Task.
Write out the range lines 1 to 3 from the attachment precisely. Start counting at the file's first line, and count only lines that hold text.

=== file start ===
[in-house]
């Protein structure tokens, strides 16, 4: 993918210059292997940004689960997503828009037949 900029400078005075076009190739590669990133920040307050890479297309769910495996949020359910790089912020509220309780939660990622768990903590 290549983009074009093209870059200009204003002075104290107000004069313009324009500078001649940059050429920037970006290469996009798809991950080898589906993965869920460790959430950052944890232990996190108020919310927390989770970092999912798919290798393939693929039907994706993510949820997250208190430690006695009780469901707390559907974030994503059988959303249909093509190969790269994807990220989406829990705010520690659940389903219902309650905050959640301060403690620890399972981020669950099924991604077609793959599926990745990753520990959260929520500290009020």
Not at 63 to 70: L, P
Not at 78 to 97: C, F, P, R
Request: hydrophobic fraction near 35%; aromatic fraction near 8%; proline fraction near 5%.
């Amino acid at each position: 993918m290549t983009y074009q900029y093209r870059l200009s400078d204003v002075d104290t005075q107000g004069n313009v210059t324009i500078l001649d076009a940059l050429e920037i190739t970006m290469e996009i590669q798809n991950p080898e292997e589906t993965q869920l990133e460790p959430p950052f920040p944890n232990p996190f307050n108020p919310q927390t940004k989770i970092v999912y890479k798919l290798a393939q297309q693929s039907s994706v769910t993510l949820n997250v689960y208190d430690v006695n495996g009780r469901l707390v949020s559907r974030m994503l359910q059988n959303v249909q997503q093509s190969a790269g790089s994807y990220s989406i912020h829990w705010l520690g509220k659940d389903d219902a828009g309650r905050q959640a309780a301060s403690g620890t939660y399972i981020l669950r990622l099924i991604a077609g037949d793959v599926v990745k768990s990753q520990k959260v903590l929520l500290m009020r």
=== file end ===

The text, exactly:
[in-house]
């Protein structure tokens, strides 16, 4: 993918210059292997940004689960997503828009037949 900029400078005075076009190739590669990133920040307050890479297309769910495996949020359910790089912020509220309780939660990622768990903590 290549983009074009093209870059200009204003002075104290107000004069313009324009500078001649940059050429920037970006290469996009798809991950080898589906993965869920460790959430950052944890232990996190108020919310927390989770970092999912798919290798393939693929039907994706993510949820997250208190430690006695009780469901707390559907974030994503059988959303249909093509190969790269994807990220989406829990705010520690659940389903219902309650905050959640301060403690620890399972981020669950099924991604077609793959599926990745990753520990959260929520500290009020």
Not at 63 to 70: L, P